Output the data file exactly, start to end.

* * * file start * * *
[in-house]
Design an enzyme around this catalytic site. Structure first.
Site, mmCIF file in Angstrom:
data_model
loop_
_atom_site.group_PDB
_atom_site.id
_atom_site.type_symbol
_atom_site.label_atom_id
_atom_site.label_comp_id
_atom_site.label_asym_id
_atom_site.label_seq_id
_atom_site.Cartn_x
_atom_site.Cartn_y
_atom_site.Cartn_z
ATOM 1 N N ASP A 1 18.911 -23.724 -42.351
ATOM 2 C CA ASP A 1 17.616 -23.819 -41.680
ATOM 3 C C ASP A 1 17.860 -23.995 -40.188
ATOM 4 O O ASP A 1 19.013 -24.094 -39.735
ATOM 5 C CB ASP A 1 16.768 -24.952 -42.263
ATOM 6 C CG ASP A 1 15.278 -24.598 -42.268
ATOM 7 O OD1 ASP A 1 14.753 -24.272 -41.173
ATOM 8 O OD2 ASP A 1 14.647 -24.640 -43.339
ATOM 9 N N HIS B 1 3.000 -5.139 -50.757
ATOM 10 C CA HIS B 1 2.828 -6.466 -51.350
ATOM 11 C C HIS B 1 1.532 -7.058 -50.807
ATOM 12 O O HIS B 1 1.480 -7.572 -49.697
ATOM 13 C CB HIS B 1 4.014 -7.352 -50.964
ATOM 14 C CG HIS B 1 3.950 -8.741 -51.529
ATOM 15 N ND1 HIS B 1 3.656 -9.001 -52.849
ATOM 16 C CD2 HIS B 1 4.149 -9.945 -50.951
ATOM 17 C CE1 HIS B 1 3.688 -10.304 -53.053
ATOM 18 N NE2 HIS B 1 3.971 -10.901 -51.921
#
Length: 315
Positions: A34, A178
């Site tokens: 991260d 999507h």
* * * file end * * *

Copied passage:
[in-house]
Design an enzyme around this catalytic site. Structure first.
Site, mmCIF file in Angstrom:
data_model
loop_
_atom_site.group_PDB
_atom_site.id
_atom_site.type_symbol
_atom_site.label_atom_id
_atom_site.label_comp_id
_atom_site.label_asym_id
_atom_site.label_seq_id
_atom_site.Cartn_x
_atom_site.Cartn_y
_atom_site.Cartn_z
ATOM 1 N N ASP A 1 18.911 -23.724 -42.351
ATOM 2 C CA ASP A 1 17.616 -23.819 -41.680
ATOM 3 C C ASP A 1 17.860 -23.995 -40.188
ATOM 4 O O ASP A 1 19.013 -24.094 -39.735
ATOM 5 C CB ASP A 1 16.768 -24.952 -42.263
ATOM 6 C CG ASP A 1 15.278 -24.598 -42.268
ATOM 7 O OD1 ASP A 1 14.753 -24.272 -41.173
ATOM 8 O OD2 ASP A 1 14.647 -24.640 -43.339
ATOM 9 N N HIS B 1 3.000 -5.139 -50.757
ATOM 10 C CA HIS B 1 2.828 -6.466 -51.350
ATOM 11 C C HIS B 1 1.532 -7.058 -50.807
ATOM 12 O O HIS B 1 1.480 -7.572 -49.697
ATOM 13 C CB HIS B 1 4.014 -7.352 -50.964
ATOM 14 C CG HIS B 1 3.950 -8.741 -51.529
ATOM 15 N ND1 HIS B 1 3.656 -9.001 -52.849
ATOM 16 C CD2 HIS B 1 4.149 -9.945 -50.951
ATOM 17 C CE1 HIS B 1 3.688 -10.304 -53.053
ATOM 18 N NE2 HIS B 1 3.971 -10.901 -51.921
#
Length: 315
Positions: A34, A178
């Site tokens: 991260d 999507h």